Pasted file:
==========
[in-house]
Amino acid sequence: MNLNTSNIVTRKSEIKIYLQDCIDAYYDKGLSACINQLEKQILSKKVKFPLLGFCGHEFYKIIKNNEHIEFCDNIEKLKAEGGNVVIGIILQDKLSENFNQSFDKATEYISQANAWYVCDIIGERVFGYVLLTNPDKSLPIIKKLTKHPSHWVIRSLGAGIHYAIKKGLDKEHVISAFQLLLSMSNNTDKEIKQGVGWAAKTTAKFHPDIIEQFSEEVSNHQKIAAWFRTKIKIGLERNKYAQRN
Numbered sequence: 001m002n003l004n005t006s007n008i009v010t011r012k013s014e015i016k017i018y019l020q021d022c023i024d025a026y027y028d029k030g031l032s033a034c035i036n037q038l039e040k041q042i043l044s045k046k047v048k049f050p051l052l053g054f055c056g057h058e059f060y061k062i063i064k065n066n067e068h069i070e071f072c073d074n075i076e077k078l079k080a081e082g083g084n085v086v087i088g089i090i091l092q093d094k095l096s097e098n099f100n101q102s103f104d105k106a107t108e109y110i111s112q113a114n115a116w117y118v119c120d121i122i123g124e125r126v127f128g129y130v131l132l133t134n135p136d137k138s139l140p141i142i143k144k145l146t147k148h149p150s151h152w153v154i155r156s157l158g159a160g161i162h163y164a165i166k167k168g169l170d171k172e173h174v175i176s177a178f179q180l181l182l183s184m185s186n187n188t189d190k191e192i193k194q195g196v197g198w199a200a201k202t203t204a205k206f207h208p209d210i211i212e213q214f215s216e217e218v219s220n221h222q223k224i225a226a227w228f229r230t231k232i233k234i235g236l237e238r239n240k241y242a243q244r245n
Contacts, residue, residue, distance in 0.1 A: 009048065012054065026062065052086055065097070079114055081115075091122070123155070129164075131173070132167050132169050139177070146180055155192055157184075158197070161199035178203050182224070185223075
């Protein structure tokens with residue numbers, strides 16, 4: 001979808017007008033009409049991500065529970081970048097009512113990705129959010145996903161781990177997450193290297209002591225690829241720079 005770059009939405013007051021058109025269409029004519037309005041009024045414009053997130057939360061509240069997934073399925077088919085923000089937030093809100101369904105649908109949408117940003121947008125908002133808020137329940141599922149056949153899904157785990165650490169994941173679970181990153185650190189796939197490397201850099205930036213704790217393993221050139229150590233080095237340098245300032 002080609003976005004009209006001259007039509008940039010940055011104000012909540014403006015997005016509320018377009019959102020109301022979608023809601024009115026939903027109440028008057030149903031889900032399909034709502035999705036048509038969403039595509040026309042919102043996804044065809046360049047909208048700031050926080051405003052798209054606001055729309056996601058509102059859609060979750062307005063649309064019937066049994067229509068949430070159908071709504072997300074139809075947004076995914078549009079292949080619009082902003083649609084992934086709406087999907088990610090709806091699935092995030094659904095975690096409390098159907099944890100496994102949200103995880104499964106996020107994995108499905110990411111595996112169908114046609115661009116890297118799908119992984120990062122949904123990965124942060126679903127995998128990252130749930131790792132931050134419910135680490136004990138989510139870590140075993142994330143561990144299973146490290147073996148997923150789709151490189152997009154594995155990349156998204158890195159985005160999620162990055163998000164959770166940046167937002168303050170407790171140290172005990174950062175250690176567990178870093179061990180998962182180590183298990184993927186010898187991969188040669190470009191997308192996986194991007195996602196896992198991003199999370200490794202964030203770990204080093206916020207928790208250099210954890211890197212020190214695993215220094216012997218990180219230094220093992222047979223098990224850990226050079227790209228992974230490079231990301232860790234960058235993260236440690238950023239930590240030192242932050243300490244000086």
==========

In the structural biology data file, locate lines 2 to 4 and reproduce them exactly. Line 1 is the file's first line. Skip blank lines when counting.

Amino acid sequence: MNLNTSNIVTRKSEIKIYLQDCIDAYYDKGLSACINQLEKQILSKKVKFPLLGFCGHEFYKIIKNNEHIEFCDNIEKLKAEGGNVVIGIILQDKLSENFNQSFDKATEYISQANAWYVCDIIGERVFGYVLLTNPDKSLPIIKKLTKHPSHWVIRSLGAGIHYAIKKGLDKEHVISAFQLLLSMSNNTDKEIKQGVGWAAKTTAKFHPDIIEQFSEEVSNHQKIAAWFRTKIKIGLERNKYAQRN
Numbered sequence: 001m002n003l004n005t006s007n008i009v010t011r012k013s014e015i016k017i018y019l020q021d022c023i024d025a026y027y028d029k030g031l032s033a034c035i036n037q038l039e040k041q042i043l044s045k046k047v048k049f050p051l052l053g054f055c056g057h058e059f060y061k062i063i064k065n066n067e068h069i070e071f072c073d074n075i076e077k078l079k080a081e082g083g084n085v086v087i088g089i090i091l092q093d094k095l096s097e098n099f100n101q102s103f104d105k106a107t108e109y110i111s112q113a114n115a116w117y118v119c120d121i122i123g124e125r126v127f128g129y130v131l132l133t134n135p136d137k138s139l140p141i142i143k144k145l146t147k148h149p150s151h152w153v154i155r156s157l158g159a160g161i162h163y164a165i166k167k168g169l170d171k172e173h174v175i176s177a178f179q180l181l182l183s184m185s186n187n188t189d190k191e192i193k194q195g196v197g198w199a200a201k202t203t204a205k206f207h208p209d210i211i212e213q214f215s216e217e218v219s220n221h222q223k224i225a226a227w228f229r230t231k232i233k234i235g236l237e238r239n240k241y242a243q244r245n
Contacts, residue, residue, distance in 0.1 A: 009048065012054065026062065052086055065097070079114055081115075091122070123155070129164075131173070132167050132169050139177070146180055155192055157184075158197070161199035178203050182224070185223075